In this clip from 1994, Today Show host Bryant Gumbel asks, “What is the Internet anyways?”
It’s funny to look back such a short time ago and realize many of us didn’t know what the Internet was. Now nineteen years later, the Internet has drastically changed the way we communicate and the way we get things done. By now, everyone including your grandmother has at least heard of the Internet. Dictionary.com defines the Internet as: “a vast computer network linking smaller computer networks worldwide.” Of course, the Internet is more significant than this literal definition would lead us to believe. So what is the Internet anyways? Nearly two decades later, this still remains a perplexing question.
Marshal McLuhan, a Canadian philosopher renowned for his work in media theory, hypothesized how technology is an extension of our human senses. For example, the telephone is an extension of our ears, television is an extension of our eyes, and the automobile is an extension of our feet. In his book Understanding Media: The Extensions of Man, McLuhan described how the globe has been contracted into a village by electric technology. The Internet is literally a global village. In his 1962 book The Gutenberg Galaxy: The Making of Typographic Man McLuhan predicted the Internet as an extension of consciousness.
In one way, the Internet is like a global consciousness that can put us in touch with like-minded people on a broad scale. There are message boards and online communities for virtually any interest. Where, in the past, many of us with strange hobbies or interests may have felt isolated, the power of the web has connected us with previously non-existent virtual communities. The Internet can serve as a pulse on how we globally feel about certain issues and anyone with access to a computer can weigh in and give their opinion. Where we were once primarily reliant on mainstream media for our information, younger generations choose the Internet as their primary news source.
Online news sources, like Infowars and The Young Turks are growing and their message is vastly different from mainstream corporate sponsored TV networks like CNN. Unlike mainstream news, online or “alternative” news is more interactive with their viewer base, allowing for more direct interaction between the online viewer and the news source. It’s not all positive though.
Exploring the Internet can be an exercise in mindfulness. It seems distraction is hidden around every corner online. Web ads and pop-up ads bombard us like our impulsive thoughts bombard our mind. It’s so easy to constantly get carried away and lose track of whatever it was we were trying to do. Indeed, getting things done online can sometimes feel like we need a Zen-like focus. Consider writing a research paper. The Internet can provide limitless resources for information and inspiration, but it can also provide limitless distraction and can keep us from actually getting things done. Even with the amazing possibilities the Internet and other technological advancements provide, technology still does not wave a magic wand, fulfilling all our desires. We’re constantly being challenged to keep up with an ever-changing technological landscape, and some believe “we ain’t seen nothing yet.”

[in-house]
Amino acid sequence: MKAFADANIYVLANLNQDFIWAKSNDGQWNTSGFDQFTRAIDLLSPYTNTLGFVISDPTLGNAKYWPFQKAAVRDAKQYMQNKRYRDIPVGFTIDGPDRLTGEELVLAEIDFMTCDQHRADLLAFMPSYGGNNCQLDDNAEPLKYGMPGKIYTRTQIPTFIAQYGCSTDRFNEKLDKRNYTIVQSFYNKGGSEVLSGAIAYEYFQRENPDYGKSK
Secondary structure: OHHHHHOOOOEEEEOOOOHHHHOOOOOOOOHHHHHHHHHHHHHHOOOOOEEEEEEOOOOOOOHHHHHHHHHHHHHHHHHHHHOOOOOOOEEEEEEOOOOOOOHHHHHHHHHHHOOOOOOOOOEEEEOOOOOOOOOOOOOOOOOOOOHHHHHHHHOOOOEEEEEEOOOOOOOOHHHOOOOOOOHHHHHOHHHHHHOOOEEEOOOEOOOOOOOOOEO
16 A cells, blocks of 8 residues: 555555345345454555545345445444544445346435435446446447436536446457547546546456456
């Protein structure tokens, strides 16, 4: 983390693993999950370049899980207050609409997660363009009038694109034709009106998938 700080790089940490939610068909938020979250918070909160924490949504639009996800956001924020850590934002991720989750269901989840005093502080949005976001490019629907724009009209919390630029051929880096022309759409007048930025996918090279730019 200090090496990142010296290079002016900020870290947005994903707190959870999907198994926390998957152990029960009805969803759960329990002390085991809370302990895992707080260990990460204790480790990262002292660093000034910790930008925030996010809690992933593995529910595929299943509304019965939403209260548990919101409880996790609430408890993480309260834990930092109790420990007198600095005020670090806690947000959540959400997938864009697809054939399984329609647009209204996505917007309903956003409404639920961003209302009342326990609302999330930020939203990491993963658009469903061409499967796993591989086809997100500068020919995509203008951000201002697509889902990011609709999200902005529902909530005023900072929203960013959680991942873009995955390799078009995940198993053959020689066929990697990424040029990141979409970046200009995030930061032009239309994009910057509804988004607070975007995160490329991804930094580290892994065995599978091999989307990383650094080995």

The astounding advances the Internet has made to date could possibly just be the tip of the iceberg, if Ray Kurzweil, world-renowned inventor and author is correct. According to Kurzweil—a proponent of Technological Singularity—we will see “A future period during which the pace of technological change will be so rapid, its impact so deep, that human life will be irreversibly transformed.” Ray Kurzweil is not alone in his far-out prediction. Kevin Kelly, co-founder of Wired, has his own definition for the Singularity: “…the point at which all the change in the last million years will be superseded by the change in the next five minutes.”
It’s nearly impossible to imagine how such a reality would look and it’s even more difficult to believe it may actually happen. However, consider how impossible our present reality appeared just fifty years ago. Who would have ever imagined (with the possible exception of Marshal McLuhan) that we would one day have the ability to send videos through the air? We never anticipated that ordinary, everyday people would be able to communicate with thousands, if not millions of people instantaneously. The future as predicted by the proponents of the Technological Singularity does not seem so impossible when we consider that we’re already living in a future that was unimaginable a short time ago.
The growth of technology is so rapid it’s sometimes difficult to discern whether it’s here to aid us or if we’re here to aid technology. The new realities and possibilities technology creates often leave us baffled.
In 1994 Bryant Gumbel was asking “What is this @ thing?” Today, together with the vast majority of Internet users, he’s probably wondering where things will be @.